On 15 December 2017, the European Council found that ‘sufficient progress’ had been made in the Brexit negotiations such that talks could progress to second phase in the new year. On 20 December 2017 the European Commission published a first draft of the EU’s negotiating directives for the next phase. 

This new set of directives, concerning the proposed transition period, will be adopted by the Council of the EU at the end of January 2018. However, a second set of negotiating directives concerning the future EU-UK relationship are not expected to be adopted until March 2018. Only after this date can negotiations between the EU and UK on the final deal commence.

The EU’s position on the transitional deal states that:

  • The UK will continue to participate in the Customs Union and the Single Market (while applying all four internal market freedoms). The EU acquis should continue to apply in full to and in the UK as if it were a member state. Any changes made to the acquis during this time should automatically apply to the UK;
  • All existing EU regulatory, budgetary, supervisory, judiciary and enforcement instruments and structures will apply, and the jurisdiction of the Court of Justice of the European Union in the UK will be maintained;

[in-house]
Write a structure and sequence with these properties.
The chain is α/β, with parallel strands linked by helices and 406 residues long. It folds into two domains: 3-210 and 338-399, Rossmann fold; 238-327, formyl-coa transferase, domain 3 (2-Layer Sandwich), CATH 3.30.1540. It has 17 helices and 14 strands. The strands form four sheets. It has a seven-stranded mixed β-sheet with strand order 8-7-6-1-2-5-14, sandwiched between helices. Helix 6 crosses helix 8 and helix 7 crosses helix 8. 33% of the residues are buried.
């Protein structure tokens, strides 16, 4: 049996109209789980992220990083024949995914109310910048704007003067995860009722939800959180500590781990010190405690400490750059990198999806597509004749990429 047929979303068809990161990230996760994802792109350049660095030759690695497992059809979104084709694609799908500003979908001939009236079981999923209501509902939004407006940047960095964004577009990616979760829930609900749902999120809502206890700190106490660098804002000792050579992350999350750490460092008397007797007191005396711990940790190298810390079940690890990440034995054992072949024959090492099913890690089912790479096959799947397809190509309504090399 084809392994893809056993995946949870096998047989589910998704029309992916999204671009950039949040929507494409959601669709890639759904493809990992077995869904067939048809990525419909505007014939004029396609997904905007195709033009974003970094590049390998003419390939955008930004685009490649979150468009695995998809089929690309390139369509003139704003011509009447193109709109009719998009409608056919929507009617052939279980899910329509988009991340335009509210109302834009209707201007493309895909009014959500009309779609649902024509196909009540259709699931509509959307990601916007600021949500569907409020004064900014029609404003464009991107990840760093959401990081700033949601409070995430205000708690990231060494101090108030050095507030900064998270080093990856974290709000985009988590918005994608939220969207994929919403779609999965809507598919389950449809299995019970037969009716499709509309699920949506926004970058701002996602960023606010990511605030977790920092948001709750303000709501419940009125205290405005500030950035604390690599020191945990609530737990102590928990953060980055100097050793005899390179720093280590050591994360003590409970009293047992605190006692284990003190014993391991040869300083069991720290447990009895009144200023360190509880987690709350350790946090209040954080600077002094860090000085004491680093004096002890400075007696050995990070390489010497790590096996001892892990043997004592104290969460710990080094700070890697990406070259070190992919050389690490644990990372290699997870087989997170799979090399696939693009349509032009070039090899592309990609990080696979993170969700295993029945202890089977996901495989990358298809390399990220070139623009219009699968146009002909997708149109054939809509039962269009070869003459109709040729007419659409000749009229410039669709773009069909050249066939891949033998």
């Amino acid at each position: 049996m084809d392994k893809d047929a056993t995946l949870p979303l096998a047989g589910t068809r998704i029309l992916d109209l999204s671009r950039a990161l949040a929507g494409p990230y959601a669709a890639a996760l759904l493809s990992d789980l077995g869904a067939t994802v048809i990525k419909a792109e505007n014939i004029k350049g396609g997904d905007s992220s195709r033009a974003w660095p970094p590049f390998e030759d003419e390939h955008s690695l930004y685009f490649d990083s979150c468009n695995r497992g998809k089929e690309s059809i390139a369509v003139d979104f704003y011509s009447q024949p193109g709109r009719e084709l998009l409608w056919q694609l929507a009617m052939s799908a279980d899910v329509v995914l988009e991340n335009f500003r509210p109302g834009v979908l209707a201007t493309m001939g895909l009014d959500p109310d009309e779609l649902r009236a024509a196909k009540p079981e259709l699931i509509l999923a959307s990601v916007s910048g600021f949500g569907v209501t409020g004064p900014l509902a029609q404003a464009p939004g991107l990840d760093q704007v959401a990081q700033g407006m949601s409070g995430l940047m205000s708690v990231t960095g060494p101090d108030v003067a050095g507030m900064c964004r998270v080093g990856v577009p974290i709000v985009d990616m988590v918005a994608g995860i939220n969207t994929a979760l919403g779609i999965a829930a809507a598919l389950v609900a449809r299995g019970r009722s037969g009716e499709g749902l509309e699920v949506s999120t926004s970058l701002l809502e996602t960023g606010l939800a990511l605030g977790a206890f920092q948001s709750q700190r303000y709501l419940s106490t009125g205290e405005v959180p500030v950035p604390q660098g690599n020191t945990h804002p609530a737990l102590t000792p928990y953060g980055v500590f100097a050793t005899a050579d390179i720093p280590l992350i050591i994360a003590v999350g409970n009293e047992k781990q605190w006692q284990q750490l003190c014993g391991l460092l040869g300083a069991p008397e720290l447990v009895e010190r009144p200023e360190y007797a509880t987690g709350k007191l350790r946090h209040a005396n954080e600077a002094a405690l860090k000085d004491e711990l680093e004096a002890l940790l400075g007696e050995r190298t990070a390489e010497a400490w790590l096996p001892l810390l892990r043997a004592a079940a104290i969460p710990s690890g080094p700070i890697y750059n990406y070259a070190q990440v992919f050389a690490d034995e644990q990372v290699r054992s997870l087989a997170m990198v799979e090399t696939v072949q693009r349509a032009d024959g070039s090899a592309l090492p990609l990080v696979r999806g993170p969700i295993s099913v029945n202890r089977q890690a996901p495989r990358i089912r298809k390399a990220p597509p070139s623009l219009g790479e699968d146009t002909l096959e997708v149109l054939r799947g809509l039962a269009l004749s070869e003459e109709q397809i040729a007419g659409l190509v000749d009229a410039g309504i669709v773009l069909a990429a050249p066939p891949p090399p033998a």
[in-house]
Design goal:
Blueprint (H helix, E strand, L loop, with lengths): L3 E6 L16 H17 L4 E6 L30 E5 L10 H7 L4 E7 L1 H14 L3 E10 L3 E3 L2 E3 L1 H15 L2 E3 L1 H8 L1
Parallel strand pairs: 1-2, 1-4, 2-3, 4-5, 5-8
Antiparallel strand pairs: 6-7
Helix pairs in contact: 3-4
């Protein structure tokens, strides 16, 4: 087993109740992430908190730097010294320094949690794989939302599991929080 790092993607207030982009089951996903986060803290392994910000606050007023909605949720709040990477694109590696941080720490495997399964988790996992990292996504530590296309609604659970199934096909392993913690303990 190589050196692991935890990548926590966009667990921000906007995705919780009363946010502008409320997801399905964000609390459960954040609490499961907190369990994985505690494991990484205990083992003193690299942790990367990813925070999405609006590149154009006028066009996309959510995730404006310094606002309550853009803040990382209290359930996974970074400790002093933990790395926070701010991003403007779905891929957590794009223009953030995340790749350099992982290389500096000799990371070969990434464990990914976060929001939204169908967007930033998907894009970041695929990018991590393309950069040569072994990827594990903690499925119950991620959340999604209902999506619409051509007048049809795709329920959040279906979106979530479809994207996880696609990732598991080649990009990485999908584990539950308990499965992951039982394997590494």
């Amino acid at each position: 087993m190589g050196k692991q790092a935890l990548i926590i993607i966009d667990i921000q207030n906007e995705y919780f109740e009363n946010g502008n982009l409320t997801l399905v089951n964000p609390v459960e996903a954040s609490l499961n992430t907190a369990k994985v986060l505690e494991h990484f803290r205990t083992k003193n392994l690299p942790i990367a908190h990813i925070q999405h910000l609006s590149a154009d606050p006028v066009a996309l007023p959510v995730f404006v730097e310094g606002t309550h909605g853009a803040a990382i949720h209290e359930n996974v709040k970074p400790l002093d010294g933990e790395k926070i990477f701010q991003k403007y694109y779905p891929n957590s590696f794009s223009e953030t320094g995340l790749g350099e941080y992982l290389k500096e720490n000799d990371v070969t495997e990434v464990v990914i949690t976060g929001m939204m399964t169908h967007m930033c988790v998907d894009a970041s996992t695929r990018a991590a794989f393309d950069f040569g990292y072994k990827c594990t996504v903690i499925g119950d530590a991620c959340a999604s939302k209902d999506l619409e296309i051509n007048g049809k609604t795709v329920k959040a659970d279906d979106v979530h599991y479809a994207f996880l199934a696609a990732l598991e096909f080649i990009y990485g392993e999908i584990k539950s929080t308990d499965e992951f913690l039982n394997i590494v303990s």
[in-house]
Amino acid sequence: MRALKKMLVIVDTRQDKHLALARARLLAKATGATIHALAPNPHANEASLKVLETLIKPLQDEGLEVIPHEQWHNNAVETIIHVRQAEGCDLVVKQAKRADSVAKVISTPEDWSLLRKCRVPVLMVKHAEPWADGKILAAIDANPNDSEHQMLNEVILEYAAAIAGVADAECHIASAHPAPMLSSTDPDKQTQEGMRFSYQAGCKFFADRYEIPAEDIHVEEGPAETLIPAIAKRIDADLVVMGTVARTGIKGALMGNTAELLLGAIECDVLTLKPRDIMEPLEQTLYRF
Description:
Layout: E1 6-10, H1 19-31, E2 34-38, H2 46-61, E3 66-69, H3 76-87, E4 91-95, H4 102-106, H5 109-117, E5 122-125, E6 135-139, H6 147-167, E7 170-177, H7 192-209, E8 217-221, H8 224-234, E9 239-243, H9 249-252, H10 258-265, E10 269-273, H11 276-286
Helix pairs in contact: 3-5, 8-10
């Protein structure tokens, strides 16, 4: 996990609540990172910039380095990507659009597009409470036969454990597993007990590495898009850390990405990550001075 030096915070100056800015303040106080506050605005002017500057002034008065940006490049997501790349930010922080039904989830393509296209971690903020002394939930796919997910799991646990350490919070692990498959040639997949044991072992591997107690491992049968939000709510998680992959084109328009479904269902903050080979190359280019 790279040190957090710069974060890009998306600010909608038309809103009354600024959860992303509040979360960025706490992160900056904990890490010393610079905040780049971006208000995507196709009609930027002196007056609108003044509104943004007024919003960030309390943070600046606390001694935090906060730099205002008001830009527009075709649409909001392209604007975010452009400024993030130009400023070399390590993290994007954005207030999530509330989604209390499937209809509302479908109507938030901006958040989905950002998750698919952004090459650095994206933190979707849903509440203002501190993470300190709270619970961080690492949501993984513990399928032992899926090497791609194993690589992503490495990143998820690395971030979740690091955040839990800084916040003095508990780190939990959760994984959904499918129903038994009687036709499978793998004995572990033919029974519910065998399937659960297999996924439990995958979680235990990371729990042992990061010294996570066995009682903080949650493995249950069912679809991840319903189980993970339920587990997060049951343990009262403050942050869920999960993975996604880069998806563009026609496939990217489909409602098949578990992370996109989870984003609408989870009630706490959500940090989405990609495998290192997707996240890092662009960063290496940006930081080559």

• The UK will be considered as a third country as of 30 March 2019. As a result, it will no longer be represented in the EU’s institutions, agencies, bodies and offices;
  • The transition period will be clearly defined and precisely limited in time. The Commission has recommended that it should not last beyond 31 December 2020.
  • In comparison with its previous stance, the EU has indicated that it would be possible to create a mechanism to include FTAs and other international conventions with third countries and other organisations.

Trade negotiations between the UK and the EU are expected to be carried out throughout 2018 and 2019 but it is unlikely that they will manage to conclude negotiations on a fully-fledged trade agreement by 29 March 2019. The transitional period could thus be used to continue negotiations for a EU-UK trade agreement.